One of the reasons I refuse to have anything to do with the American Bar Association is the group’s patent sense of unreality. It belts outs standards, policy statements and awards that seek to define the norms of practicing lawyers. Even when it seeks to be daring it becomes merely droll: Its idea of a "rebel lawyer" is a lawyer eschewing wing-tipped shoes at a big firm. Screw the ABA, I say.
So the association’s call for lawyers to give more of their time to folks in need didn’t do much for me. The ABA finally woke up to the fact that the economy has been in a tailspin for the past four years, forcing many folks to their knees. Many people are in court without lawyers, pro se litigants, thus clogging an already jammed court docket with plenty of folks clueless not just about their rights, but about basic courtroom procedure.
The ABA wants lawyers to step into the fray and offer more pro bono service. That will help those in need, and move dockets.
That’s a fine sort of logic for a trust-fund baby. If you’re independently wealthy, then economics remains a dismal sort of science. Perhaps your portfolio has taken a hit, but the bills still get paid: Sort of like Mitt Romney preaching the virtues of thrift to those who can’t pay their bills.
I don’t know many trust-fund lawyers. In the courtrooms in which I appear, it is often hard to tell the lawyers from their clients. The bottom fell out of the economy years ago, and street lawyers talk about it all the time. There are real estate lawyers trolling the halls of criminal courts offering cheap fees to those accused of felonies. Anything for work.
I’ve seen otherwise good and decent firms dissolve and downsize in recent years, all a function of the fact that as the economy goes, so goes the ability of people to pay for legal services. Just last year, I laid off staff for the first time. It’s a time for belt-tightening for all.
Last week, I received my quotient of calls from folks offering to be my pro bono case. (Yes, they do make that offer.) They were all mostly well-intentioned. But, like clients, I have bills to pay, employees to compensate, and debts all my own. When you volunteer to be my free case what, exactly, are you offering me? The chance to work a few extra hours each day for nothing? An opportunity to fall into debt? A chance to lay off another employee?
I practice in a street-level firm. You come to me if you or a loved one have been charged with a crime, or if the police have beaten you senseless for no good reason, or if you’ve lost your job and you are desperate. Very few people in the midst of a sudden crisis have money to spare for a lawyer. Most homes are underwater. Credit has dried up. People have depleted their savings long ago as they try to ride out the latest economic storm. By the time folks get to their lawyer, there is typically little left but fear, its cousin anger, disappointment and raw need. So lawyers cobble together the fees they need from what their clients have to offer. The fees are almost never enough for the work required and demanded.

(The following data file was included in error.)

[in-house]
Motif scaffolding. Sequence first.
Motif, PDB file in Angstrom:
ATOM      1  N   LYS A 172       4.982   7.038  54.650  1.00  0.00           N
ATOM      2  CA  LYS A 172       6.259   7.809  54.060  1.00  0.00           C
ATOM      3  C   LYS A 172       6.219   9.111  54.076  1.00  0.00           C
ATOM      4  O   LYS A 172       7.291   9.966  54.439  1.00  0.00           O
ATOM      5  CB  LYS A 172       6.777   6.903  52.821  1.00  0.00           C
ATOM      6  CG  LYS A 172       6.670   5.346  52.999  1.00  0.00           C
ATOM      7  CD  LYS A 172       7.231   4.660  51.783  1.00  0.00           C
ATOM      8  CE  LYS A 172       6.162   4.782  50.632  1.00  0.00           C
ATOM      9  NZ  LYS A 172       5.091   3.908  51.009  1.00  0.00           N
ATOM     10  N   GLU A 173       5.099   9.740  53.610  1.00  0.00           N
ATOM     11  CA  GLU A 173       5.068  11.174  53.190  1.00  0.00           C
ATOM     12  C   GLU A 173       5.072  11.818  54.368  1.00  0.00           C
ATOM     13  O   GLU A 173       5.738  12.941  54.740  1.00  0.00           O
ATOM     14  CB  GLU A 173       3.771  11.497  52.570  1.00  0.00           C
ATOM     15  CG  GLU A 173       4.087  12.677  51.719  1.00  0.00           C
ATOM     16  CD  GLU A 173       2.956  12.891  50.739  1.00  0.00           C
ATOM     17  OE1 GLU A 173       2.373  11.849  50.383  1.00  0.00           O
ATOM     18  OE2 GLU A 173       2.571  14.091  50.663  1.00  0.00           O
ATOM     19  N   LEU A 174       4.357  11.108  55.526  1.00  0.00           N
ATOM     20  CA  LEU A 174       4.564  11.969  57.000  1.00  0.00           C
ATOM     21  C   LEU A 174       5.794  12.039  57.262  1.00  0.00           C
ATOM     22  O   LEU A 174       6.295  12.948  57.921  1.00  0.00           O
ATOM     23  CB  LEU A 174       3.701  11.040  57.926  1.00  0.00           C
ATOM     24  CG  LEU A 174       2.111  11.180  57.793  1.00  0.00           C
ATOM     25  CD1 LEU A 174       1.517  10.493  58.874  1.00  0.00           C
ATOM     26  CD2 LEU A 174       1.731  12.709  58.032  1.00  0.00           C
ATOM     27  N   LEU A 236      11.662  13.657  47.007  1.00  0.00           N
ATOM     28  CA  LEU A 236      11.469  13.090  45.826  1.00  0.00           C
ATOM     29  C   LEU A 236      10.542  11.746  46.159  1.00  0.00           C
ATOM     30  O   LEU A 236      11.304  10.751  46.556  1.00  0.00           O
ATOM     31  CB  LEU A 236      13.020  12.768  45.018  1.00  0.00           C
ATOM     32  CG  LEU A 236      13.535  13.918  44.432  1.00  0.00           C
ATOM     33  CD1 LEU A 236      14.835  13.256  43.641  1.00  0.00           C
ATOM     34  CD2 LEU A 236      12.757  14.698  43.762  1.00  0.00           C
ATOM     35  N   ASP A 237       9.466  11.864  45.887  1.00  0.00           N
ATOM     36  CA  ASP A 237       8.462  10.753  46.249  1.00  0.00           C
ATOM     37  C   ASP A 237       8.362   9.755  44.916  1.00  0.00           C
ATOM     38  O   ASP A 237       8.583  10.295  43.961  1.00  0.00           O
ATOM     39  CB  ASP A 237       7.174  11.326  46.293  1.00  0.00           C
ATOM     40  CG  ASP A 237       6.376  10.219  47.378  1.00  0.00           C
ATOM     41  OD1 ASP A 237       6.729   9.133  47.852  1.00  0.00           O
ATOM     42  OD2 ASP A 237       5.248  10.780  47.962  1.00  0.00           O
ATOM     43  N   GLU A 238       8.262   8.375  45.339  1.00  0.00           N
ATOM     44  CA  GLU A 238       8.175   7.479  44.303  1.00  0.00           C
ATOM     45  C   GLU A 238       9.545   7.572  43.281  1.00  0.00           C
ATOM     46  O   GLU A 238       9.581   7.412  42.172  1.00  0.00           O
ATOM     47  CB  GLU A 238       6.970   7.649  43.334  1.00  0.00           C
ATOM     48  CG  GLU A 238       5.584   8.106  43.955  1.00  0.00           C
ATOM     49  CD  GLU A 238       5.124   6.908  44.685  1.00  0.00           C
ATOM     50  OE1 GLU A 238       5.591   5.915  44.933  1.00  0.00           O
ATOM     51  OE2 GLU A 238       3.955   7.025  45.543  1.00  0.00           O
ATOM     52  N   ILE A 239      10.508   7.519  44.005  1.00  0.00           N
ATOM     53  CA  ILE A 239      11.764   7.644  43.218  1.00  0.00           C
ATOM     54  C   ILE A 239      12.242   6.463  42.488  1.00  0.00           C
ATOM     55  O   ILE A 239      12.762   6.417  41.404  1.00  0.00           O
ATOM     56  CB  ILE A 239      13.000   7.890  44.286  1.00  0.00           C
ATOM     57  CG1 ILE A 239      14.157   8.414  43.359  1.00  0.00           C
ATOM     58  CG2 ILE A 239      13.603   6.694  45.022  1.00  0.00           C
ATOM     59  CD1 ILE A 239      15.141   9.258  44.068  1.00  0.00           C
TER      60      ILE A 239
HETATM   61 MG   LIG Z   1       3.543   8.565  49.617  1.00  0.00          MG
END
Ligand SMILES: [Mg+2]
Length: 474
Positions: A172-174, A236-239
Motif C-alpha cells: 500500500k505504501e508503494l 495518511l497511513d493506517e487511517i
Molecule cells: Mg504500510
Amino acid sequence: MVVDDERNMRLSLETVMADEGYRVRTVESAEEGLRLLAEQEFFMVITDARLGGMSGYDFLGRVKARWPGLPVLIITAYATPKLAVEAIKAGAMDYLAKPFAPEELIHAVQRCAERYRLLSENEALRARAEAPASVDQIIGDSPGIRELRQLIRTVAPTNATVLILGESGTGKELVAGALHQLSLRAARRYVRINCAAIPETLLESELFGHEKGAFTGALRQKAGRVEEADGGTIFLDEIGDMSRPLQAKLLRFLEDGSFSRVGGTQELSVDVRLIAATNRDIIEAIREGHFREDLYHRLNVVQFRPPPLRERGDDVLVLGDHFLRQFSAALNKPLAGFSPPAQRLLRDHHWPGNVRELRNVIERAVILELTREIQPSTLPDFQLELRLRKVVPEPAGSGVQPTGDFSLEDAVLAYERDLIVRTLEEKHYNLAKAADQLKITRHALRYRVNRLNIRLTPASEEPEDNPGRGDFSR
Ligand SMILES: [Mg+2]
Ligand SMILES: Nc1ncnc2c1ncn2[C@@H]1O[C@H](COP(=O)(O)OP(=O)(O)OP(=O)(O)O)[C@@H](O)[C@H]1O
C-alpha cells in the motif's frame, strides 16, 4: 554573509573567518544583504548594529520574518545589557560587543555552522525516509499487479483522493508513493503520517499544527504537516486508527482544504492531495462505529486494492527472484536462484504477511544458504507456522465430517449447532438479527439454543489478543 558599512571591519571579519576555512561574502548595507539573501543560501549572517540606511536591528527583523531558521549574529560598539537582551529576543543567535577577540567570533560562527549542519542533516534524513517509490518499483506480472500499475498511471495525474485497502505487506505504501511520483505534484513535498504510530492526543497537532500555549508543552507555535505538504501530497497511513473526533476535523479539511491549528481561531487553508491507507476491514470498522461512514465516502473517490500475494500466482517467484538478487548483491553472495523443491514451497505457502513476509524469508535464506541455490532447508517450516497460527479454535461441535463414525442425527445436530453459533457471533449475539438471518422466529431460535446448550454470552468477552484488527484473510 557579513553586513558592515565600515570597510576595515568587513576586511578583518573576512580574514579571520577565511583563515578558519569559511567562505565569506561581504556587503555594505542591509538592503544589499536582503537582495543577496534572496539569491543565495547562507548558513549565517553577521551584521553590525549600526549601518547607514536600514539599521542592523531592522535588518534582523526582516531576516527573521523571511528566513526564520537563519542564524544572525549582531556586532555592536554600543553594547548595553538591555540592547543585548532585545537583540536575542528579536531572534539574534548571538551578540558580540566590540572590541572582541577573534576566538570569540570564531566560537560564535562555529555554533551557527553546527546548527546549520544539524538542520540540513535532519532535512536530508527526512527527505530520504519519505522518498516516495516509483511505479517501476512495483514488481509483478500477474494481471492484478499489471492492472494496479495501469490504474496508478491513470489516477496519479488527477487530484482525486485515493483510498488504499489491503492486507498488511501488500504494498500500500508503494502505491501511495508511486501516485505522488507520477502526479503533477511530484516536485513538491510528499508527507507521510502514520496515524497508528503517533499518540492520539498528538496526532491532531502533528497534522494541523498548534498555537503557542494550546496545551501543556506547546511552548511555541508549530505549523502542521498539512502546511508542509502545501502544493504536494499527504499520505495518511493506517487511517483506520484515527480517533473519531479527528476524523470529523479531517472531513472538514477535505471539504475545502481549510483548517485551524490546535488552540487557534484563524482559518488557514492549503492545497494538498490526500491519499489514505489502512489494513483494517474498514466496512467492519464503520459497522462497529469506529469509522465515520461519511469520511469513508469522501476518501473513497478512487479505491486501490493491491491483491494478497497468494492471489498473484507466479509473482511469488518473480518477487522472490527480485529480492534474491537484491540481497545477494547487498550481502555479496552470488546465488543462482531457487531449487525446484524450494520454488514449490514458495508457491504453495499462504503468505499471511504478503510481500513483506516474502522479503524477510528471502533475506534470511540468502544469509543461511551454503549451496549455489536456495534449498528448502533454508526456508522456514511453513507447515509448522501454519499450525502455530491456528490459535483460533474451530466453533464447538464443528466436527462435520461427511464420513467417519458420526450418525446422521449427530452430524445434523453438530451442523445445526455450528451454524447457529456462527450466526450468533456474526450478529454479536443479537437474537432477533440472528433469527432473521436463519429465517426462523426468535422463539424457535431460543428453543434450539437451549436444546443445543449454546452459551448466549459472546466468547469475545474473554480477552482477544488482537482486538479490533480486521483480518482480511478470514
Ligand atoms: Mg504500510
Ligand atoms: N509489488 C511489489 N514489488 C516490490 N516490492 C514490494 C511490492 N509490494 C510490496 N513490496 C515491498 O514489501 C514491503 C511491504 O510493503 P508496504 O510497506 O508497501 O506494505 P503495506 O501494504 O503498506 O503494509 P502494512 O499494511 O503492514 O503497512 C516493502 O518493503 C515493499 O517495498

An angry caller left me a message Saturday night. She was upset that I would not take a case for her loved one. He’s been locked up. The FBI and others abused him. He’s a victim. He needs help. They have no money. My refusal to help makes me just another scum bag in her view. She is entitled to a lawyer, you see. She has a right to my time. So, too, do the folks who want a thousand and one services for the dollar they can afford to pay. No matter how irrational the hope, pay your lawyer a dollar but demand a million dollars in effort: it’s the way of the world. Refuse to take a client whose demands are unrealistic, and suddenly you, too, are part of the conspiracy to destroy them.
On the ABA’s fantasyland approach to lawyering, we’re supposed to step into every fray regardless of the financial consequences, the emotional or mental state of the client, or the impossibility of the demands. We’re the roving social workers in a society coming unglued, reason’s last and lonely guardians in a world gone mad.
I’ve got news for the ABA: street-level lawyers have been giving for years, and they continue to give. We risk our reputations and livelihood on payment plans we know will never be honored. We charge what we can when we know the work will far exceed the fee. We carry those whose loads are too heavy for them to bear and call it a day’s work.
The fact that the courts are clogged with more pro se cases than usual reflects an economy in which everyone is suffering. That includes lawyers. Everyone is trying to survive while awaiting the recovery that never seems to come. Rather than call upon lawyers to commit professional and economic suicide, the ABA should be asking different, and more difficult, questions: Do the courts over promise what they can deliver? Is justice served by permitting folks to file a claim without having an economic stake in the game themselves? Sometimes the law does not offer answers to life’s woes.
When everyone is a victim, the courts become little more than a gambling parlor. Don’t ask me to give away lotto tickets while depriving me of the ability to meet my own bottom line. I don’t need help from the ABA knowing that my role is helping people in need. My phones ring off the hook, thank you. What I need protection from are the blue-nosed boobies sitting on ABA committees and trying to imagine lives they’ve never led. It’s a jungle out here at the street level, boys and girls. Dump your trust funds and come hang a shingle with me. Let’s see how long it takes to wipe that supercilious smirk off your faces.